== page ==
How to master Sylenth1's filters and amplitude envelopes

Learn the ropes of Sylenth1's frequency and dynamics shaping tools

How to master Sylenth1 s filters and amplitude envelopes
Shape up!

Beloved of the dance music fraternity, LennarDigital's classic soft synth specialises in basses, leads and pads, with those ultra-rich oscillators and powerful, edgy filters serving up quality raw materials for shaping with the modulators and effects.

On the down side, it is starting to show its age a little, architecturally, with more recent rivals outperforming it in several areas.

However, none of that detracts from the fact that Sylenth1 still sounds as stunning as ever, controls beautifully and stands as an essential inclusion in any dance producer's arsenal. Here, we'll show you how to sculpt the raw sound of the oscillators using its filters and amp envelopes.


Step 1: Sylenth1's two filters are used to shape the frequency content of the four oscillators. Each Part - A and B - has its own filter, which by default is fed only the output of the two oscillators in that Part. To feed all four oscillators into either filter, drag up on its Input Select spinner and choose AB or BA. To kill the input into the filter, select None. The routing graphic updates to reflect your chosen scheme.

Step 2: The standard array of three filter types are available to both filters - Lowpass, Highpass and Bandpass, for attenuating frequencies above, below and around the cutoff frequency, respectively - plus a Bypass setting. Two roll-off slope options are also on tap: 12dB/octave and the sharper 24dB/octave.

Step 3: To adjust the frequency above, below or around which the signal is attenuated by the filter, sweep the Cutoff knob. To apply a variable amount of boost to the frequencies immediately around the cutoff point, raise the Resonance - push it far enough and the filter will self-oscillate, producing a separate tone of its own that follows note input when keytracking is fully applied.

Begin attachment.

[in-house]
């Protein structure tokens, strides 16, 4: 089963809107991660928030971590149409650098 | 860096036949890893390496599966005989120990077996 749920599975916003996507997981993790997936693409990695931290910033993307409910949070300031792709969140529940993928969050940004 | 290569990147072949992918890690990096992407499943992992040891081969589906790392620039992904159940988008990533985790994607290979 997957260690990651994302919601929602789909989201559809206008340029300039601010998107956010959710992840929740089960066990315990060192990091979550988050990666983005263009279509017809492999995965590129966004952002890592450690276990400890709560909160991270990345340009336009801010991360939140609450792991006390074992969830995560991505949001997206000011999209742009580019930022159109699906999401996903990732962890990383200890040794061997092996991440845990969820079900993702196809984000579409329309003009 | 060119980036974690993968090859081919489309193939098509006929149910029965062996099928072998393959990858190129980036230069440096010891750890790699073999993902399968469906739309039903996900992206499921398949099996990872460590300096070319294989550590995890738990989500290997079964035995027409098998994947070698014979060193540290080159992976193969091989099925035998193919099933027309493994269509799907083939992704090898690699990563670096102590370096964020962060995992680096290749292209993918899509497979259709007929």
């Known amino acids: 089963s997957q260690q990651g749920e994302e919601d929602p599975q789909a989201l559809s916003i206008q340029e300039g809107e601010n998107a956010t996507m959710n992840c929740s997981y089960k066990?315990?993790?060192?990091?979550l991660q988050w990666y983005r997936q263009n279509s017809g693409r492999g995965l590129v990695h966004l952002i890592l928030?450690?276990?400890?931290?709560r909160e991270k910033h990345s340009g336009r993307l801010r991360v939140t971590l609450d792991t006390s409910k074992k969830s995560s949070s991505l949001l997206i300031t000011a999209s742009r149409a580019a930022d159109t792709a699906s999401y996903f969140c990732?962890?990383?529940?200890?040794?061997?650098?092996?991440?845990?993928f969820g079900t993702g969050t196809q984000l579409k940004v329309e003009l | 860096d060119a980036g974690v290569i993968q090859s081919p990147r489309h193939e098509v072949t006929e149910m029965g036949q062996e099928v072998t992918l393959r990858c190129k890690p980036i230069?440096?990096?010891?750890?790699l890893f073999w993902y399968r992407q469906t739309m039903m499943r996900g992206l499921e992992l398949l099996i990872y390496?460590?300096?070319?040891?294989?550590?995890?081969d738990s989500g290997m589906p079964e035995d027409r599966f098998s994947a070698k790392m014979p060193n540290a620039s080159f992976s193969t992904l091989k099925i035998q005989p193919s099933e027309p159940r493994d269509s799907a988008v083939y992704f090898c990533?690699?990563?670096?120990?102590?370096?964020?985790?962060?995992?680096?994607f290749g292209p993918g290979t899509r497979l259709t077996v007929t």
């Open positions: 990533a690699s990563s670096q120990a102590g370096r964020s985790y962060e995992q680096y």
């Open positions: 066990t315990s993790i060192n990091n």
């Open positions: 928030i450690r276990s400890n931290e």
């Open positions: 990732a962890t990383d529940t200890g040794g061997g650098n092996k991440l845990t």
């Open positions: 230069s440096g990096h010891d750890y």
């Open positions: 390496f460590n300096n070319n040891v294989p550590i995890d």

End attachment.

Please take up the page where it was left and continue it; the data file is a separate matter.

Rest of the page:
Step 4: The Drive knob pushes the signal increasingly hard through the filter's four internal stages, each of which adds in its own non-linear saturation. The higher the Drive is raised, the more harmonics are introduced, the net result being warm distortion of the filter output, in a convincingly 'analogue' fashion.

Step 5: The Filter Control panel below the Part A/B Filter section is used to offset the Cutoff and Resonance parameters of both filters together, for combined control, and where the amount of Keytracking to be applied is specified. The Warm Drive button, meanwhile, switches the filter drive to a higher-quality algorithm at the expense of CPU.

Step 6: The output of each filter routes to its Part's Amp Envelope, where the volume curve of each pair of filtered oscillators is shaped. Attack sets the time for the volume to rise from zero when a note is played; Decay sets the time to then fall to the level set by the Sustain slider; and Release sets the time to drop to silence again after the note is released.

For more on programming Sylenth1 and creating an absolute DnB banger with our track-building guide, grab Computer Music 223, which is on sale now.

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